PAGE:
Recruitment and Career Development ISSF has funded start-up packages (equipment, PhD studentships, laboratory consumables and relocation costs) for the recruitment of outstanding biomedical researchers. These new recruits work across cell and molecular biology, bacteriology, immunology, parasitology and drug discovery. The ISSF has also been used to provide bridging support for researchers experiencing short-term funding gaps. This flexible and reactive support has enabled PhD students and investigators to generate data for key publications and successful grant/fellowship applications. Enhancement of Research Infrastructure The ISSF has supported our strategy to have innovative core facilities in key research areas and to develop computational and informatics resources that underpin our WT funded research. Software developers have been appointed to develop computational and informatics resources to support the outstanding mass spectrometry-based proteomics facility in the School of Life Sciences. Novel ways of managing, visualising and analysing ‘big data’ in the field of quantitative proteomics have been developed, in addition to a customised Laboratory Information Management System (LIMS). Translational Research A flexible Translation Medical Research Fund (TMRF) was used to link the strongest basic and clinical research across the University of Dundee (2011-2014). Funding was awarded on a competitive basis and 25 different projects have been supported including; Pump-priming projects, Strategic projects that benefitted several groups across the University and increase overall institutional competitiveness in translational research; and translational medicine (non-clinical) PhD projects. Public Engagement The ISSF supports community engagement activities targeted at the next generation of scientists to enhance a culture of curiosity, confidence and engagement with science with our communities. A key aim is to increase awareness of Life Sciences Research in schools in areas of social deprivation to promote widening of access to opportunities in science. ISSF funds support the appointment of a School Outreach Organiser (this post greatly increases the quality and scope of our work and supports public engagement activities of our WT funded researchers); school projects; city and rural Science Festivals, the Dundee Women in Science Festival; projects to translate science into public art; an interactive display at the Dundee Science Centre; a Life Sciences career paths booklet and website (through interviews, time-lines and photographs); Open Doors Days; Magnificent Microbes and Marvellous Microbes activities; Café Science; Bright Club science comedy; public talks and debates. The impact of activities is assessed by questionnaires and reflective feedback discussions with stakeholders. We plan a quarterly public survey in Dundee to capture audience knowledge of the Life Science Research and Wellcome Trust activities. This will give us a measure of whether public engagement activities are reaching the community.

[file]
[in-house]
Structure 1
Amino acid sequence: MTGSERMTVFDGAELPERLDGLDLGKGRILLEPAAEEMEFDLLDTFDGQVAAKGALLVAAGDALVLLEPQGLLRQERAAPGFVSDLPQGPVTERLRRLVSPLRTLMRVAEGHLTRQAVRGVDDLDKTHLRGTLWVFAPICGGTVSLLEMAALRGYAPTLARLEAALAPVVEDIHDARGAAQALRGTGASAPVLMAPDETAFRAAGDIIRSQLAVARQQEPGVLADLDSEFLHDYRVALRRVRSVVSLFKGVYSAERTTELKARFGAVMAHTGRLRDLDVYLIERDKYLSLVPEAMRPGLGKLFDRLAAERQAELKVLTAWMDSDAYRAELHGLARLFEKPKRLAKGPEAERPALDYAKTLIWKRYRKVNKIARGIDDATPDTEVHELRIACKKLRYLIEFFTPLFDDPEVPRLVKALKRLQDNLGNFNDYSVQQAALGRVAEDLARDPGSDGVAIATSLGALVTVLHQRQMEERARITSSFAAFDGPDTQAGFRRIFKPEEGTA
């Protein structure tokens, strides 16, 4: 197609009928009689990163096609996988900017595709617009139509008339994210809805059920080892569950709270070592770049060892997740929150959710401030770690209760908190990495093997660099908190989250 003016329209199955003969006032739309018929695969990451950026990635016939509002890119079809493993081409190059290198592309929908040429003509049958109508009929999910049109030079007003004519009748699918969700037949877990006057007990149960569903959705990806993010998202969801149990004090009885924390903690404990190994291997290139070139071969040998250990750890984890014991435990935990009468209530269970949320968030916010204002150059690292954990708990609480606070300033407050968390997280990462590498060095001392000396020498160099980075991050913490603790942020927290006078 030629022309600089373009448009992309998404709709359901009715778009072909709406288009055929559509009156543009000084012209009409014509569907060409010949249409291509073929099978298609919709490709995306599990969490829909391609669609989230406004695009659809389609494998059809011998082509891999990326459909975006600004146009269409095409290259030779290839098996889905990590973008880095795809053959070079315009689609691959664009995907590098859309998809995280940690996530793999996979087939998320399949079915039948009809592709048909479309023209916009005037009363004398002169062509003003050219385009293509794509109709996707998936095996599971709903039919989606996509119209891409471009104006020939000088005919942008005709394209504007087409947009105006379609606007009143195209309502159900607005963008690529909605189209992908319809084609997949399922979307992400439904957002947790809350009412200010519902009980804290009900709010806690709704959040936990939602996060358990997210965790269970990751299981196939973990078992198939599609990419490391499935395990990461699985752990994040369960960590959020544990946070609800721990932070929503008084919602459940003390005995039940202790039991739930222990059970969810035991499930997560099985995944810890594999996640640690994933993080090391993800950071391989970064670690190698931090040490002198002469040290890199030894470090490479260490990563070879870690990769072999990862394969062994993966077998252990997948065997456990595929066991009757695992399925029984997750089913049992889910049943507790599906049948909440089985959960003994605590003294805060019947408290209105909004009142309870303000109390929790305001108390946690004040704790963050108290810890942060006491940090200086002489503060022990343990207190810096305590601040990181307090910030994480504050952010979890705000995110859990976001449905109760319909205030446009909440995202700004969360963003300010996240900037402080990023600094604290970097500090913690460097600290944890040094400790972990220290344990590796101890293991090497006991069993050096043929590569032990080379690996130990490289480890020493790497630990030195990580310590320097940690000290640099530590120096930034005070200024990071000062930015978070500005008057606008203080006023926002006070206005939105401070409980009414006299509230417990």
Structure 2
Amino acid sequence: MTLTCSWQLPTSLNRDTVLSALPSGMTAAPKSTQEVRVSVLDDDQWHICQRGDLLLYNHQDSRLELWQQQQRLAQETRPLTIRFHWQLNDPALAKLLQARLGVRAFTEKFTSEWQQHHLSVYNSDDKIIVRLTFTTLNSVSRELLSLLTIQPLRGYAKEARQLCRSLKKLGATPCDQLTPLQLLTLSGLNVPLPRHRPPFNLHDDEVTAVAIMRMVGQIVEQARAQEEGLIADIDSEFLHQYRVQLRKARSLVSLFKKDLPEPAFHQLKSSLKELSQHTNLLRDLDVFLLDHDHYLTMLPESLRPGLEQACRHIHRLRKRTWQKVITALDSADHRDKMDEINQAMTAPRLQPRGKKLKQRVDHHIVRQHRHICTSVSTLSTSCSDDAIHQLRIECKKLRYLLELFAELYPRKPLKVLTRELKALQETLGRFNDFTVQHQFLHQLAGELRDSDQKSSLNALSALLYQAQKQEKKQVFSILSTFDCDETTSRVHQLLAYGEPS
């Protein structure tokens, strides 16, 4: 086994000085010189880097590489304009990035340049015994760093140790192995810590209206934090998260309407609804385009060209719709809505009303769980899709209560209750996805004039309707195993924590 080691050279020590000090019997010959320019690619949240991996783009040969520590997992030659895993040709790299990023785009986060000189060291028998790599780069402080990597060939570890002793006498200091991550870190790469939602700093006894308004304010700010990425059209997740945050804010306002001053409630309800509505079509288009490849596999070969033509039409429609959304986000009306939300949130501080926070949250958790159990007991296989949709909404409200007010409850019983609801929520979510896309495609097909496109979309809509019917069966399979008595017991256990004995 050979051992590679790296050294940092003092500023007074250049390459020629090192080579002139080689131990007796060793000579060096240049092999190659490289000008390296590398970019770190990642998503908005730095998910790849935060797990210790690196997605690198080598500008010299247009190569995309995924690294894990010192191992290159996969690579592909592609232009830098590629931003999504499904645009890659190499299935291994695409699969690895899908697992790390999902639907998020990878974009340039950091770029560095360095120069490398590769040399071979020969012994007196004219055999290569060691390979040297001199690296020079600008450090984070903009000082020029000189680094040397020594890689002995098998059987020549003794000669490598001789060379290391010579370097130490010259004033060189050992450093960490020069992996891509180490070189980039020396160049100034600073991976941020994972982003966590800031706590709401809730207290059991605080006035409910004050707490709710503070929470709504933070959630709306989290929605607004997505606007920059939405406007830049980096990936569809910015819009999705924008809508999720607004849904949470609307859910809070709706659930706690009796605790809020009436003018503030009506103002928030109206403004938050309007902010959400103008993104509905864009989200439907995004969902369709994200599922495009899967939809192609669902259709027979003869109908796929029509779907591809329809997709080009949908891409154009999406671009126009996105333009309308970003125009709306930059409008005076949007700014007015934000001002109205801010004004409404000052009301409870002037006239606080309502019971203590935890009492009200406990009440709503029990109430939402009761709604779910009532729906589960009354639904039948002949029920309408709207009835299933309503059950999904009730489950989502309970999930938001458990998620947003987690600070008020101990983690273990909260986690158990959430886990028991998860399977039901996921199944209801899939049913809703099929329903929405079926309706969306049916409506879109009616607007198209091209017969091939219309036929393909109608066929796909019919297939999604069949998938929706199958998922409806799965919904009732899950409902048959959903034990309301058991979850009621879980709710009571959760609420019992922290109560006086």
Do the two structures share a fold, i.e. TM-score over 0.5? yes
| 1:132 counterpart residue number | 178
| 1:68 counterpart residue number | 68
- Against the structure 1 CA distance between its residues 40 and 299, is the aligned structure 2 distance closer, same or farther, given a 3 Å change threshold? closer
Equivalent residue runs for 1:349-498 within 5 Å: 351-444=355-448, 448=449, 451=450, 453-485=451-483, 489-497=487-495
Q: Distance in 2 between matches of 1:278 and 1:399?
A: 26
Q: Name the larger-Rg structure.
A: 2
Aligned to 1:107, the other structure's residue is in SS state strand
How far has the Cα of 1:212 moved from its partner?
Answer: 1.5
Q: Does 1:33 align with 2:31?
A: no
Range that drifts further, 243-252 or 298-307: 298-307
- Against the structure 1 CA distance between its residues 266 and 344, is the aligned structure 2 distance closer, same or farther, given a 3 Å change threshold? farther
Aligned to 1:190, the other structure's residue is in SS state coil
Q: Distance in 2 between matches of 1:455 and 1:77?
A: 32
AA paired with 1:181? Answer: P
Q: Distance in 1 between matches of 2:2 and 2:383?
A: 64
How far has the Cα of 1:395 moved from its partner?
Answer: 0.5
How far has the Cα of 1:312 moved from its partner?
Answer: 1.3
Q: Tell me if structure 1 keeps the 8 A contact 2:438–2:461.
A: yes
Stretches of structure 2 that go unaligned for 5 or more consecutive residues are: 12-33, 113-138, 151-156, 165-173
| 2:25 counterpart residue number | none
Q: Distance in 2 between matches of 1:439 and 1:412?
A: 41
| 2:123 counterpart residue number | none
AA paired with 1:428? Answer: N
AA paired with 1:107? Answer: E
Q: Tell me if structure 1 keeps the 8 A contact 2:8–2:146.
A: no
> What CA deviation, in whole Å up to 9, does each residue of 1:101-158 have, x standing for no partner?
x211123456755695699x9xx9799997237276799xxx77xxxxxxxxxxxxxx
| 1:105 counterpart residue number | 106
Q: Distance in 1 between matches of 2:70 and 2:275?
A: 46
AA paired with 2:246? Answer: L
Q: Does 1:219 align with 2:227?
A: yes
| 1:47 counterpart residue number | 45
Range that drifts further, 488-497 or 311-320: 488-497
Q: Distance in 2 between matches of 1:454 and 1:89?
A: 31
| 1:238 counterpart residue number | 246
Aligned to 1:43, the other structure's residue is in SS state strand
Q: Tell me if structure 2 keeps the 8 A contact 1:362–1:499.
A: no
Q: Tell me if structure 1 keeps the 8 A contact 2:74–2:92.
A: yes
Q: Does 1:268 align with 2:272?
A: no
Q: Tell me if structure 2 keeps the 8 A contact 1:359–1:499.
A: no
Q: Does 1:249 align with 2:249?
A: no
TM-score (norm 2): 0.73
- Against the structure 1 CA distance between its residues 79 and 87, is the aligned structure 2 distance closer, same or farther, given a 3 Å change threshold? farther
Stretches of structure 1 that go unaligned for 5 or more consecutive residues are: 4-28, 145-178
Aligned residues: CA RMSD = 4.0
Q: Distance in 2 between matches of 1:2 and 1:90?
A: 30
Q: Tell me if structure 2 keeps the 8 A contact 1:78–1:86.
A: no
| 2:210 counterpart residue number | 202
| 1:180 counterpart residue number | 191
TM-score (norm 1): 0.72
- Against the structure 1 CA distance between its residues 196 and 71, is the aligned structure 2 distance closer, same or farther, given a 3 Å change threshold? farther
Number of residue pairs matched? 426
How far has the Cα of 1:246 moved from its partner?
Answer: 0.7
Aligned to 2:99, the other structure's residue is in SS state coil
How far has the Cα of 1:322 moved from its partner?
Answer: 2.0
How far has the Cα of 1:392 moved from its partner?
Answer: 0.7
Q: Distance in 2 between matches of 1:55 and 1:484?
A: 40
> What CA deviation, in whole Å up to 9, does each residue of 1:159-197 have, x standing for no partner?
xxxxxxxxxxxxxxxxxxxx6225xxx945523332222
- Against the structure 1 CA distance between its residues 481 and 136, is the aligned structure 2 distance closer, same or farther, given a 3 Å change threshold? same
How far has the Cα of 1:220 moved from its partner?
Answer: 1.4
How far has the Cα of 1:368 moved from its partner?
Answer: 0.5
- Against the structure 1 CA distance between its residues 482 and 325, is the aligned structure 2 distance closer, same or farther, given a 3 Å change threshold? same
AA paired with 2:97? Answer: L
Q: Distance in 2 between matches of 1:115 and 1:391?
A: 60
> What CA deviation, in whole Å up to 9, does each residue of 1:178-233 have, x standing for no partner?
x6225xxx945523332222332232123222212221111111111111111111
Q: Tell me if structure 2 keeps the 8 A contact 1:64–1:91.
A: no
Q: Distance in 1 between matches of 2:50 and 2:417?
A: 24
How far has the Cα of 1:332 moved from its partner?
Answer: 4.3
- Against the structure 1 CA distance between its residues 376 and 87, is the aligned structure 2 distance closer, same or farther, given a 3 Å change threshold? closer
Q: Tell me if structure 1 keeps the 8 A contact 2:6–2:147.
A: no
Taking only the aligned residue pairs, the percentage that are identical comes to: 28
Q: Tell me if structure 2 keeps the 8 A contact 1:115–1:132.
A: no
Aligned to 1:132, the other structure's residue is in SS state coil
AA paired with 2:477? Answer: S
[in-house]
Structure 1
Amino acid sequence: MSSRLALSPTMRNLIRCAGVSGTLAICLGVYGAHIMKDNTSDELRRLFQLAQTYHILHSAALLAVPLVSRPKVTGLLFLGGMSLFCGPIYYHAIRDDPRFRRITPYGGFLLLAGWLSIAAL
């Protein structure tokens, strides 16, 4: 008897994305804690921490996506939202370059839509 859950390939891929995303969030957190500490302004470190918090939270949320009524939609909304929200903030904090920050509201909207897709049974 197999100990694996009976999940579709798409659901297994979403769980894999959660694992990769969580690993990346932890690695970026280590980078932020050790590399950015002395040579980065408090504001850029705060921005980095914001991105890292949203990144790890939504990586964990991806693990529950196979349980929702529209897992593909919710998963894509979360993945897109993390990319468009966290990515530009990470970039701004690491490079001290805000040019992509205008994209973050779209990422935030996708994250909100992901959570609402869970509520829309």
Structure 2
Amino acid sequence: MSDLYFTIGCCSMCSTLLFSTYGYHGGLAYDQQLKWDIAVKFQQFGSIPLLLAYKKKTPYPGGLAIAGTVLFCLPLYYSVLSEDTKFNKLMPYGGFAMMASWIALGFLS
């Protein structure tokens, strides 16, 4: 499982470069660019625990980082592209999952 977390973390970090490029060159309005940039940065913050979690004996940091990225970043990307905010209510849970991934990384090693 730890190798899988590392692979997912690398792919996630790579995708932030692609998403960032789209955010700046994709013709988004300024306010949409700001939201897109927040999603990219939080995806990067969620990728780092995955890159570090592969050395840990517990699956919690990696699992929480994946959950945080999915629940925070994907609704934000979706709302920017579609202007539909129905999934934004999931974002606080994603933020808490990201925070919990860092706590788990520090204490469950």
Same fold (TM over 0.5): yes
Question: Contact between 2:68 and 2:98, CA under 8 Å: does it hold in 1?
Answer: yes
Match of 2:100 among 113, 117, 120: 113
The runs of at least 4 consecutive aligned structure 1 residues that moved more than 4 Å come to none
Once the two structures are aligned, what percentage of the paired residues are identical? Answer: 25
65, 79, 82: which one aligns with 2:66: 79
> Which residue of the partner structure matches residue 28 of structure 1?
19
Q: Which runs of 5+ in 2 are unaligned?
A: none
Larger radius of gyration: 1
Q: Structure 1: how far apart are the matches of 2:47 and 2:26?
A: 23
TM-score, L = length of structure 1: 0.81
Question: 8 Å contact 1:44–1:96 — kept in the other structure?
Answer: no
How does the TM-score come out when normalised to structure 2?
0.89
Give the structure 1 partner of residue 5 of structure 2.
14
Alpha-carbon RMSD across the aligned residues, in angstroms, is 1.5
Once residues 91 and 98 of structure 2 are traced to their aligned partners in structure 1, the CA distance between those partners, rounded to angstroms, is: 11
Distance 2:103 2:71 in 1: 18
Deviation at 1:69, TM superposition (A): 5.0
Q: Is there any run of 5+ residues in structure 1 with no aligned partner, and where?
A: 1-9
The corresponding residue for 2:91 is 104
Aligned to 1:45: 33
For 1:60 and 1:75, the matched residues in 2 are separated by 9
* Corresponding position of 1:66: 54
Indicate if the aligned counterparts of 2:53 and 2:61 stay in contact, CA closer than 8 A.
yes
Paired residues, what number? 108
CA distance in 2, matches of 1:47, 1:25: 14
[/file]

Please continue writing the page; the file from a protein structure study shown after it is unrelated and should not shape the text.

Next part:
Carnival of the Brain. 08 Oct 2014
Edinburgh International Science Festival plan to develop and deliver a brand new immersive workshop, Carnival of the Brain, to be staged in our flagship family venue, City Art Centre, in April 2015. Aimed at engaging children, families, and independent adults, this workshop is a celebratory exploration of the brain and the senses, created in partnership with the British Psychological Society. Carnival of the Brain will transform a section of City Art Centre into a journey through the brain, themed around a retro carnival setting. Audiences will step through a visually exciting entrance to the gateway of the mind, and follow carnival-style signposts that direct them to drop-in workshop activities that use traditional carnival activities to explore areas of the brain: e.g. the Frontal Lobe, Occipital Lobe, Peripheral Nervous System, Brainstem and the Big Brain Top. These will run alongside other activities, such as wall-based illusions and communicator-led challenges and puzzles. Set in a traditional fairground environment, this workshop will have a distinctive and playful atmosphere that appeals to audiences of all ages. We will use creative props, lighting and set-dressing to stage an immersive environment that provides a fresh approach to hands-on science. This workshop will be developed in close consultation with our scientific partners, to ensure that real-world applications of science and the role of psychology are incorporated into each activity, providing audi ences with a greater understanding of how their brains work, and the importance of research in this field.